We are living in strange times – an economic recession that no-one can seemingly predict with too much certainty and which understandably is impacting on just about every aspect of our lives.
Indeed, one mental health charity in the UK claims a survey of 2,000 adults reveals that 77% find the world more frightening than in 1999.
The Mental Health Foundation describes a “culture of fear” in which the media and politicians fuel a sense of unease and it is now calling for a national campaign to protect our well-being.
Plenty of people are getting very wound up about a high-profile special adviser to our Prime Minister who has provided a classic example of how easy it is to shoot yourself in the foot.
The ill-judged e-mails sent by Damian McBride suggesting ways the Government could use the blogosphere to smear leading Tories has stirred things up during what was heading for a quiet Easter holiday weekend. It has also led some to debate the power of social media and blogging compared to mainstream media.
This is a largely pointless debate – much like the original story itself.
It is nothing more than someone shooting their mouth off – his biggest crime is getting caught.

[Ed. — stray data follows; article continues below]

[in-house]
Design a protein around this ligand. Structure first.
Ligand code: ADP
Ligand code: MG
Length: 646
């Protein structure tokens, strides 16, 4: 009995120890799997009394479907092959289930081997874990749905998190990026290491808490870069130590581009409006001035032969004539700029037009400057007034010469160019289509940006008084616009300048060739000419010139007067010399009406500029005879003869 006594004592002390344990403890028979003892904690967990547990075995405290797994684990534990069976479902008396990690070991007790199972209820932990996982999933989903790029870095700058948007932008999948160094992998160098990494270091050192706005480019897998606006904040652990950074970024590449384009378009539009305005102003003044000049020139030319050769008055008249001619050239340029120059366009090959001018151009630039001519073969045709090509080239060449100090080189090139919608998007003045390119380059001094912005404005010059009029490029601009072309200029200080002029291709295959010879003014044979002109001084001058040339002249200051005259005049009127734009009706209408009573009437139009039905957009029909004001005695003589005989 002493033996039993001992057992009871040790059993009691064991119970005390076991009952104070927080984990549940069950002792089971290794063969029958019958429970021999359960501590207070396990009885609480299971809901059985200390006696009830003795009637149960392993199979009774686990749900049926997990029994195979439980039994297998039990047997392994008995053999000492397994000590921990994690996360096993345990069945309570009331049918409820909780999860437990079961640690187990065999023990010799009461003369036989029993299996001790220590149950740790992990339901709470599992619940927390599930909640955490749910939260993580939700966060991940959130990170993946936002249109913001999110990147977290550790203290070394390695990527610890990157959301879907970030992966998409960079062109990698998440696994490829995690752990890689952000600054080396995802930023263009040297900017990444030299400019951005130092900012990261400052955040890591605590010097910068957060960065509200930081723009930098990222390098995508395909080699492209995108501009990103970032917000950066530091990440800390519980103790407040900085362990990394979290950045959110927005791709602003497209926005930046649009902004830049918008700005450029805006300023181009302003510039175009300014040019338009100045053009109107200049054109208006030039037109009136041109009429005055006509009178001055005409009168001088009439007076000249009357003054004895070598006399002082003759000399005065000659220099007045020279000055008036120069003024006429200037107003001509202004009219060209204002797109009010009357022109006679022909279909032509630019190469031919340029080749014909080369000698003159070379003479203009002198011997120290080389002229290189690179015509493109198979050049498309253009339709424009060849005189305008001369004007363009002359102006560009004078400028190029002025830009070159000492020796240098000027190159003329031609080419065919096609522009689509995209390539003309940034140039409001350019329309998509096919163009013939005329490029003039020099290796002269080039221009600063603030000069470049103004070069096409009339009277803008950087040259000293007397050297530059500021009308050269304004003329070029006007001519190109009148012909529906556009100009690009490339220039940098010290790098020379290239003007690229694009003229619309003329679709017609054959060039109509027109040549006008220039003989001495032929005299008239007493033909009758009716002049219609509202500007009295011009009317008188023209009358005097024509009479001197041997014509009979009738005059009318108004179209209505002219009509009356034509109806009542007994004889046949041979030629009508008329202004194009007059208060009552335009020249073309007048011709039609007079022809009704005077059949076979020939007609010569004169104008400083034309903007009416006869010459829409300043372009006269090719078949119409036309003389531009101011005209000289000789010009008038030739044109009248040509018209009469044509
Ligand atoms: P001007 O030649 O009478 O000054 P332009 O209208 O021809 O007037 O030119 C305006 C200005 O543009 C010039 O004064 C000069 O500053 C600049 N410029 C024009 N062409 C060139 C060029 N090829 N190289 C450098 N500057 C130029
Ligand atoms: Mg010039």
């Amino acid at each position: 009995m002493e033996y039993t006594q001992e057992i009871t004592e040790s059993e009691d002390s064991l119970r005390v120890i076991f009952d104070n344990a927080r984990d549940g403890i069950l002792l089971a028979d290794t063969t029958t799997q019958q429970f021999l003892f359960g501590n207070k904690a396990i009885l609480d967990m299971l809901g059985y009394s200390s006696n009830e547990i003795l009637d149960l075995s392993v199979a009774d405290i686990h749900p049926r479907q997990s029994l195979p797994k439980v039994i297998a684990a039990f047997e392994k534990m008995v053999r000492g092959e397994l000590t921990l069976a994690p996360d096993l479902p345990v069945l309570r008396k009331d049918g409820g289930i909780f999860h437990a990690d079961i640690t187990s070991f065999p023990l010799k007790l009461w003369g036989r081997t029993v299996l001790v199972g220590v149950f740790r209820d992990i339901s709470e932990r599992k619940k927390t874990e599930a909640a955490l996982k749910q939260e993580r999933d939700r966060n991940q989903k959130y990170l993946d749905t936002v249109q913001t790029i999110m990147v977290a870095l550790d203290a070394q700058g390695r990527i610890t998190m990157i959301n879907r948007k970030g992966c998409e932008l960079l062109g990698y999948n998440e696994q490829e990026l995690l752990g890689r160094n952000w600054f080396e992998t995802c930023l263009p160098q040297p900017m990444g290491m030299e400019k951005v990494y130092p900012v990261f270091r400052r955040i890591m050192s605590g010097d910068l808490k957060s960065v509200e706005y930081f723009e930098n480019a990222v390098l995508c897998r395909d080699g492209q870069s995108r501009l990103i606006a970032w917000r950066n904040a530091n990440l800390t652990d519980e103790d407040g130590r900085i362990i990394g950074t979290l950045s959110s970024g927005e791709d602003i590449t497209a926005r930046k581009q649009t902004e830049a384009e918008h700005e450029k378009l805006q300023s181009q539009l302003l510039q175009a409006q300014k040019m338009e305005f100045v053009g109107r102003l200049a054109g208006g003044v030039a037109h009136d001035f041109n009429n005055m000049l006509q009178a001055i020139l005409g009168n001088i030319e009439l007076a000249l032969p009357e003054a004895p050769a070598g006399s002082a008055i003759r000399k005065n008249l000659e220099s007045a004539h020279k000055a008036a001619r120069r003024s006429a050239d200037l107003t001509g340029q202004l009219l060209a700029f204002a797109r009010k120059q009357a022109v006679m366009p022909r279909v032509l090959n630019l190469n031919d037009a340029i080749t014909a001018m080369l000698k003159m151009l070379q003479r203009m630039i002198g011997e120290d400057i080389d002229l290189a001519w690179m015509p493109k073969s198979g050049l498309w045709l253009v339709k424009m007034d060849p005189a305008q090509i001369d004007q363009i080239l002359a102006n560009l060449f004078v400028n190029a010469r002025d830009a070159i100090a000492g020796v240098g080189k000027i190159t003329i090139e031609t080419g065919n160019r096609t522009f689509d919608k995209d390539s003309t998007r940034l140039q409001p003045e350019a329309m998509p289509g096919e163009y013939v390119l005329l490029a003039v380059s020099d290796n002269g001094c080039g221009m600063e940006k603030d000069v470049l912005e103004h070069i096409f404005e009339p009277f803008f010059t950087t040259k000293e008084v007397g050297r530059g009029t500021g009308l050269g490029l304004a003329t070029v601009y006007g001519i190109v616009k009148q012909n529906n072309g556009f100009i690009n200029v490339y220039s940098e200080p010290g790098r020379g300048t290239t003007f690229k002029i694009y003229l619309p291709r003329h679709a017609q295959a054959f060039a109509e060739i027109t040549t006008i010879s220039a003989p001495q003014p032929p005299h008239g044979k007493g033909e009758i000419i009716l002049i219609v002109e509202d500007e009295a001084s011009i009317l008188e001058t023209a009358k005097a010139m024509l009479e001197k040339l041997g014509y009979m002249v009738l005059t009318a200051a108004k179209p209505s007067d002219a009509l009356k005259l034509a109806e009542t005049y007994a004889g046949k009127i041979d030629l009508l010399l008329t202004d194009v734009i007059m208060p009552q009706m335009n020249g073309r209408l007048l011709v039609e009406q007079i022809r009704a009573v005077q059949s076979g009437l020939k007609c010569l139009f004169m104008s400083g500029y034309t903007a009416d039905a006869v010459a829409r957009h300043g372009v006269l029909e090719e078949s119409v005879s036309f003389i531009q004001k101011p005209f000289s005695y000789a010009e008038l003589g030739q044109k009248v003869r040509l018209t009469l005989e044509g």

Another victim of the economic downturn is that other divisive issue – after politics and religion. The wide, wide world of sport is being squeezed on all sides by the lack of available finance and like most big business it is struggling.
From sponsors to the grass roots fans, various sports are seeing their traditional income streams slashed and are trying to identify alternative was of raising money.
A lack of money is not, however, necessarily to blame for some of our lost public art projects.
Instead the UK has missed out on some imaginative projects through a lack of imagination and ambition.
Alas, these days, “wasting” precious money on such frivolities is unthinkable to many – probably the same people getting frothy at the mouth about political smear tactics.